Last post I expressed my hesitations about Christian apologetics and particularly Ravi Zacharias and his apologetics ministry.
I mentioned two main concerns. First, I find Mr. Zacharias’ understanding of Postmodernism is at best partial (and at worst, inaccurate), such that by failing to grasp Postmodernism accurately his responses to it are neither valid nor viable.
Thus in subsequent posts I will detail Mr. Zacharias’ views on Postmodersim and then contrast them with those of some prominent scholars. 1 And while I need not have chosen solely Christian thinkers, arguing on the basis of the work of eminent Christian scholars may be the most effective way of convincing Christians that Mr. Zacharias has indeed misunderstood Postmodernism (and so misportrays Postmoderns and, further, advocates responses that neither respect nor actually love them).
Yet despite the importance of my first concern in this post I want to focus on my second concern, as presenting a positive response best sets the stage for the critical discussion that follows. Specifically, my second concern is that the epistemologically focused, “question and answer” nature of Christian apologetics is actually counterproductive in presenting Christianity to postmoderns.
This is because postmoderns not only live in but have deeply internalized the implications of existing in a post-Holocaust, post Rwanda world. Most pointedly, postmoderns are far too aware that the reality of evil trumps any “grand ideas” (such as the ideal of progress, the virtues of modern science, or Christian ideals such as forgiveness and reconciliation). In a very real sense, these amounts to only “words, words, words.”
So where Mr. Zacharias and other Christian apologists approach postmoderns with rational arguments and emphasize biblical truth claims, postmoderns instead require the proof that would validate those reasons—the truth value that corresponds to such truth claims—while being thoroughly sceptical about such claims to such validation (and suspicious of those who are offering it). Where such is the case, any approach that offers truth claims without providing the appropriate truth values is deemed useless.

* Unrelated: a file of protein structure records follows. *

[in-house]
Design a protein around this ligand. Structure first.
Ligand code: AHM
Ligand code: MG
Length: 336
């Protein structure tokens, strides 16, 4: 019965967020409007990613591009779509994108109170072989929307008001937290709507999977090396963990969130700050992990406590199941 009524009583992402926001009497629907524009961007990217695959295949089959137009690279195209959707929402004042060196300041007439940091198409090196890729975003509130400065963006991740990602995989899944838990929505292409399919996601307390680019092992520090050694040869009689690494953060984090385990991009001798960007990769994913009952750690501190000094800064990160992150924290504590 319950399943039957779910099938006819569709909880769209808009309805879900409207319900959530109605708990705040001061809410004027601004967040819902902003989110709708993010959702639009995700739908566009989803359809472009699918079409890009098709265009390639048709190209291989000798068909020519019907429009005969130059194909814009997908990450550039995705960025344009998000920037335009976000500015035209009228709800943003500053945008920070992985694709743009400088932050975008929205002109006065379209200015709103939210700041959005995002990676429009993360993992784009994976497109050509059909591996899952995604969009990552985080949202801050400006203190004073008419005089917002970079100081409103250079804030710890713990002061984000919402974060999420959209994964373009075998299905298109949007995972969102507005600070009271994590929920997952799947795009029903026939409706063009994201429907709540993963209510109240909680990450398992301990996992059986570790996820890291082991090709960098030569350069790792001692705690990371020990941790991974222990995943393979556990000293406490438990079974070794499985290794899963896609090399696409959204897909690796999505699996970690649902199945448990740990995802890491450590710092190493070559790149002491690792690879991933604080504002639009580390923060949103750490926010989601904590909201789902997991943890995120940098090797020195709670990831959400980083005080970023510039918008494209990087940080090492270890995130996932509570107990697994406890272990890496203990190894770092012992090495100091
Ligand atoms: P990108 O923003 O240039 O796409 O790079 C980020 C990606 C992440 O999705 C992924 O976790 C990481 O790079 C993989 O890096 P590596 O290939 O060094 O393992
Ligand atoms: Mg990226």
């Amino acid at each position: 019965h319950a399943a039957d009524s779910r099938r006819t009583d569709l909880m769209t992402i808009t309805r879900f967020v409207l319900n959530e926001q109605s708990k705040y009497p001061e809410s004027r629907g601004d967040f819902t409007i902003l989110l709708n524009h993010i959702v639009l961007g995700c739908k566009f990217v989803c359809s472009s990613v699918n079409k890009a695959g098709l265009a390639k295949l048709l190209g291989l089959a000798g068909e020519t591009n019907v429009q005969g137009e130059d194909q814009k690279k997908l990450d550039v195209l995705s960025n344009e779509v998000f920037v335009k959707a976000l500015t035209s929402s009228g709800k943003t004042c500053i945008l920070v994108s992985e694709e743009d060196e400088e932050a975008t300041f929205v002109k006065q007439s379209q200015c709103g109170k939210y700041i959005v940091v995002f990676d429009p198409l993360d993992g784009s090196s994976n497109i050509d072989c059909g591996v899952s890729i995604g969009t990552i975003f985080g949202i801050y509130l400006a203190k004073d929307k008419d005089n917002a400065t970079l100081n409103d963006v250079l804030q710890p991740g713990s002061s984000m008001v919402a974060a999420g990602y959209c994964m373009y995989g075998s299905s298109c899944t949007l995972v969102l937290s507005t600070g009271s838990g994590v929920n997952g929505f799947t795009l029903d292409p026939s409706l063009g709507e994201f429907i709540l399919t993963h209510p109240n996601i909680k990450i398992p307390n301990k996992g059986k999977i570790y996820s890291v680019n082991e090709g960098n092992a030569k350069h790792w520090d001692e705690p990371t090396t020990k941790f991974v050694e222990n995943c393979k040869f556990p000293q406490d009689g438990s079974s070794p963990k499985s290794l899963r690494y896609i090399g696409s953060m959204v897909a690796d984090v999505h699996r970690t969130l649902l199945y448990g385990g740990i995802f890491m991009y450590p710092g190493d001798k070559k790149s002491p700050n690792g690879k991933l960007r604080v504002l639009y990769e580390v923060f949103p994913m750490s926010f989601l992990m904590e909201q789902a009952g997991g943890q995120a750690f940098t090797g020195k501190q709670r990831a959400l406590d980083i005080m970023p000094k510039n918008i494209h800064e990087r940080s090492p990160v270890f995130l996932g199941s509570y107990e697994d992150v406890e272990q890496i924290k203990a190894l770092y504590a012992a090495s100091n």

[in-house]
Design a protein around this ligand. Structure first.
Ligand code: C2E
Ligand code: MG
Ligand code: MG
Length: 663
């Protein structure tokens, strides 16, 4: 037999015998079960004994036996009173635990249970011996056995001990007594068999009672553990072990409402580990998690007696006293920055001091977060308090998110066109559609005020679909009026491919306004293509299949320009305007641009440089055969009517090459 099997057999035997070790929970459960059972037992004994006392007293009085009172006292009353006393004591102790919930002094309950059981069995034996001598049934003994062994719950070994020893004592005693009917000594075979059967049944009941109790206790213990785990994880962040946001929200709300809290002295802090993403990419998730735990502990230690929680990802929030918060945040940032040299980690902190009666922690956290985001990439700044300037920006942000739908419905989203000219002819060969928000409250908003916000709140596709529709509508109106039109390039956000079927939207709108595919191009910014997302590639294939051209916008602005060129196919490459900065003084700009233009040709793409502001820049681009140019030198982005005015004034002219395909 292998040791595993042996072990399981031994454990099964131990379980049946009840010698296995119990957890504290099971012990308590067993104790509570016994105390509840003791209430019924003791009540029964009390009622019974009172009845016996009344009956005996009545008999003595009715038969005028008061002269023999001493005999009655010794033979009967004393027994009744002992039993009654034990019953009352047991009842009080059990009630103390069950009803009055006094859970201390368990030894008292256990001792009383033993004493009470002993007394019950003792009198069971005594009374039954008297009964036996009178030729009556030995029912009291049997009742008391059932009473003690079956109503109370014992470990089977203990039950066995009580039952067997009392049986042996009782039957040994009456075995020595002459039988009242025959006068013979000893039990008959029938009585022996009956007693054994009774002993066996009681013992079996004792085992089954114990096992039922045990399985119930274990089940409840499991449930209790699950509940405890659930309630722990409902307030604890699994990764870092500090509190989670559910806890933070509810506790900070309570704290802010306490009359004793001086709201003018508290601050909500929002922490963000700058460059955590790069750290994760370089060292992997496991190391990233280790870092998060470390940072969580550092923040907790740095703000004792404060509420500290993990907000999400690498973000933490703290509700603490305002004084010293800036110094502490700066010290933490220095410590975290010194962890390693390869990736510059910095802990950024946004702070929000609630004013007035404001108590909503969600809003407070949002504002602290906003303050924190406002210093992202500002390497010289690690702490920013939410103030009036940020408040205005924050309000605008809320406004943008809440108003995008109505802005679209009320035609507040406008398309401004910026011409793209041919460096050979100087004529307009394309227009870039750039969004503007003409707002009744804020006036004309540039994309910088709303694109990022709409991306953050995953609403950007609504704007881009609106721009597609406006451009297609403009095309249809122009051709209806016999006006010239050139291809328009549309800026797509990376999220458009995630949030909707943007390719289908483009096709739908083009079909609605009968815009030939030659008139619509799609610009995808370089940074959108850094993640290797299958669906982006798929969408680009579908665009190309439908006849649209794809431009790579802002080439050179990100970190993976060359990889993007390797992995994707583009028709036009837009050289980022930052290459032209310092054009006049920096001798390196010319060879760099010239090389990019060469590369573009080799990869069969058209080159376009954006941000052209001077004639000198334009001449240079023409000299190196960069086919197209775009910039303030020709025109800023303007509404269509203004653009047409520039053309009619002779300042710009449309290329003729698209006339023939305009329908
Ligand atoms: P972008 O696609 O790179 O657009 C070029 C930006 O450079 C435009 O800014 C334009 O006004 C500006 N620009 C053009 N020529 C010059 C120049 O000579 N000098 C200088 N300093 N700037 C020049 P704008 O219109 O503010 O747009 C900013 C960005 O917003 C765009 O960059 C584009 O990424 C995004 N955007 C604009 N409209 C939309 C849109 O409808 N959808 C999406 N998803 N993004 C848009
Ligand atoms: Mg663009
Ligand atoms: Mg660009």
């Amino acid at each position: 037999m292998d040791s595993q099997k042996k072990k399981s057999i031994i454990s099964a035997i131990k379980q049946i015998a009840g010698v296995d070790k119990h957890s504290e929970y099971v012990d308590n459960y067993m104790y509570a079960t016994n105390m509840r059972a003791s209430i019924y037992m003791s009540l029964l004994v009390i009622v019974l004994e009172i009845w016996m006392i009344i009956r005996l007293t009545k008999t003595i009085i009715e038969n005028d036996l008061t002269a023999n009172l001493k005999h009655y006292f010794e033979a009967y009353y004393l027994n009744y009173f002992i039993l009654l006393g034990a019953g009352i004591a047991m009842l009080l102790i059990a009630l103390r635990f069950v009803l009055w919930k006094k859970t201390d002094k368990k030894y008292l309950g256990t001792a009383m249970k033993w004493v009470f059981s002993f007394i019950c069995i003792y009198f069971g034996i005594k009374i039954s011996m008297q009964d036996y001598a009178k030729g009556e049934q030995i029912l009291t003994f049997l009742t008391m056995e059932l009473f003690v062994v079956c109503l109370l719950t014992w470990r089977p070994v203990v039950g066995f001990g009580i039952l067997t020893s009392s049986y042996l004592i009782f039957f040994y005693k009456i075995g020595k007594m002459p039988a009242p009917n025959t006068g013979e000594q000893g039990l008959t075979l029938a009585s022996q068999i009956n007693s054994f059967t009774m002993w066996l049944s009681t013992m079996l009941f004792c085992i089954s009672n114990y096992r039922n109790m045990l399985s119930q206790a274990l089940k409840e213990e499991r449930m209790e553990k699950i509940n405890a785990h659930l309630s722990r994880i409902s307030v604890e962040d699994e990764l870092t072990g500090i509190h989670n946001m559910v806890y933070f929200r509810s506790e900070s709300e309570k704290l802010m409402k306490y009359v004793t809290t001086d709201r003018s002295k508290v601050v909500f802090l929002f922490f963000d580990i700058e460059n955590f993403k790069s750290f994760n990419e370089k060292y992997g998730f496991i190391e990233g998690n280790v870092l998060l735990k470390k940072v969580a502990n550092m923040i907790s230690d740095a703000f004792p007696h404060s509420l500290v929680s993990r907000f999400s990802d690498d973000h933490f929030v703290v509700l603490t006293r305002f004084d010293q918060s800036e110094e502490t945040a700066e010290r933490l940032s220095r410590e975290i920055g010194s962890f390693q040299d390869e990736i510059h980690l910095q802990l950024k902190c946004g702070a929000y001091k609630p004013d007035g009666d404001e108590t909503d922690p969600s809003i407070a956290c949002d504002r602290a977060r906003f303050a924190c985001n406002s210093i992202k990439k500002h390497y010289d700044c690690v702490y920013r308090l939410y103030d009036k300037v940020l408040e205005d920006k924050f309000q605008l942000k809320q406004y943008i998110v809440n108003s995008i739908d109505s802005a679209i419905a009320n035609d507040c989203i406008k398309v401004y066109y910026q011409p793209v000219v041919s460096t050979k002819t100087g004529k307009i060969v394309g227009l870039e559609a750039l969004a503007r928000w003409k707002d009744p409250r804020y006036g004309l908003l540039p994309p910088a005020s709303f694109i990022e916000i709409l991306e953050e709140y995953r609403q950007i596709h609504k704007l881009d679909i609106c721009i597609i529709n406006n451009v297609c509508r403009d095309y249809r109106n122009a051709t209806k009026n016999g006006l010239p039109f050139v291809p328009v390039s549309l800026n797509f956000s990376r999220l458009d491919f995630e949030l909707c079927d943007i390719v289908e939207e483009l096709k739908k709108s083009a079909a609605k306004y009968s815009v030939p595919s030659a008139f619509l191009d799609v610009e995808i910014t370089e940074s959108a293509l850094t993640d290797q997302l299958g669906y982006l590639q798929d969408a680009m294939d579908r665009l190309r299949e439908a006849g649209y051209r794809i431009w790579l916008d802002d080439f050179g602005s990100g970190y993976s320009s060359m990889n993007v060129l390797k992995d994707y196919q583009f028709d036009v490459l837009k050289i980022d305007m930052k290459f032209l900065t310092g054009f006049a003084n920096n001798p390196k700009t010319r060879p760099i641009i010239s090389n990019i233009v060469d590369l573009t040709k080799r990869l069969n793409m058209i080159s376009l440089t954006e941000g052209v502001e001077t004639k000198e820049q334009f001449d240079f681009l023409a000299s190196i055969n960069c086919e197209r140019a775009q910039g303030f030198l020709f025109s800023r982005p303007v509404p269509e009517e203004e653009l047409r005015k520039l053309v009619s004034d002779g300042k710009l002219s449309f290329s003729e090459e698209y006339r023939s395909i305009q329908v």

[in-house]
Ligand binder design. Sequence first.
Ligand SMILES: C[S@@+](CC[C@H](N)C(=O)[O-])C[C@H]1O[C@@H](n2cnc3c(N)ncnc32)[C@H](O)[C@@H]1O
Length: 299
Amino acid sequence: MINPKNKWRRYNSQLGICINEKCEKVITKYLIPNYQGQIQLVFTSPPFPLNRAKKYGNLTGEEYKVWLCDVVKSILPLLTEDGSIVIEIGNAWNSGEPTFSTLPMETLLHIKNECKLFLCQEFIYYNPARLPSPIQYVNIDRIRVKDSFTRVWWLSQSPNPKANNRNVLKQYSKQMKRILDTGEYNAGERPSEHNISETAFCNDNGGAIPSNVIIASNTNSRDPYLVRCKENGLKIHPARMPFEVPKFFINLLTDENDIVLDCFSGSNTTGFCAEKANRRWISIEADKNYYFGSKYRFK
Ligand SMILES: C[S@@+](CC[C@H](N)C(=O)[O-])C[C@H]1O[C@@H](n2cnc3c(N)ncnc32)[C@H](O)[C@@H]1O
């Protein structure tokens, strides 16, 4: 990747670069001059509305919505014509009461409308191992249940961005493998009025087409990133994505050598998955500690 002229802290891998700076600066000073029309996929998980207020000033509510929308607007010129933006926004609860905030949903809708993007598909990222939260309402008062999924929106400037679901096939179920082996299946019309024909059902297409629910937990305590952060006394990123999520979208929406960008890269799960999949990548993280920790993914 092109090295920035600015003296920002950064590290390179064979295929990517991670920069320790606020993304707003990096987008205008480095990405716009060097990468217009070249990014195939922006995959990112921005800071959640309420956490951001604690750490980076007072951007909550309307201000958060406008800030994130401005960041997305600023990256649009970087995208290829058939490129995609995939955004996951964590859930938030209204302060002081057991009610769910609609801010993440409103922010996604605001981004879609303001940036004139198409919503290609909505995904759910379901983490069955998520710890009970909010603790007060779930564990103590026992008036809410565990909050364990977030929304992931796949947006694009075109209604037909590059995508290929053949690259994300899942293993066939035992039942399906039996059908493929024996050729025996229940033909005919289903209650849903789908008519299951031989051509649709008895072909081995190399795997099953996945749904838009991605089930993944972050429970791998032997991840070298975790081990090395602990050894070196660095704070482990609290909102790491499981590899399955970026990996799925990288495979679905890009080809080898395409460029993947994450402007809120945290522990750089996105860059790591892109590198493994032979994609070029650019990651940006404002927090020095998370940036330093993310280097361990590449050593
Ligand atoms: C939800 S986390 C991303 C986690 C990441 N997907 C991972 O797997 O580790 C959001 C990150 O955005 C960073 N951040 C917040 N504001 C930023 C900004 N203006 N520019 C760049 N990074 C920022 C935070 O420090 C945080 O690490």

So how would I instead suggest that Christians engage with non-Christians?
Well, I engage with others—Christians and non-Christians—quite similarly.
First, I want to understand who this other person is, and be understood by them. This involves listening to others in such a way that I accept and “live out” the truth that their beliefs and views have as much innate value as my own. The goal here is respect as compassion, which is a form of “loving my neighbour.”
Second, my intention is not first to teach others but to learn whatever I can from them, while realizing that I also have things of value to offer to others. The goal here is truth-seeking, which is a form of self-love and is aided by not only tolerating the tension between confidence and humility but embracing it as a productive and necessary reality of being human (and finite).
Third, my starting place with anyone is not the Bible but my humanity. By starting my engagement this way I enter the process of mutual understanding (my first interest, above) where it is most likely to meet with success and situate truth-seeking (my second interest, above) within its proper framework: in both cases, beginning with the human and creational. The goal here is living with others according to my best understanding of how life works: creation frames salvation; salvation transforms creation.
Fourth, I want to engage with others in the process of living a fulfilled and meaningful life. Thus I connect with others as I am “living out” the truth and love, love and truth that I see at the core of human flourishing and as the result of proper connection with the Christian God. The goal here is living rightly, according to my best understanding of being in right relationship with God.
Fifth, I want to advocate to others the joys, benefits, and truths that I have experienced and come to believe about myself and life, in light of rightly relating with God. I do this by integrating my new understandings and experiences, derived from right relationship with God, within the entirety of my person and existence. The goal here is to jubilate in becoming my best self as one who loved by, in love with, and rightly relating to God.
Thus it is only in the wake of this fivefold approach that I can offer significant, biblical truth claims to others (such as that God loves us, that we can be forgiven and so can forgive ourselves, and that living well and being fully ourselves requires relating rightly with God) in such a way that their meaning is clarified and their potency is maximized.
In other words, I must offer myself as proof of my words—as (at least partial) truth value to justify the truth claims that I purport.
Next post I will expand on these five points: defining them as well as explaining why their order and logic matter, both theologically and philosophically.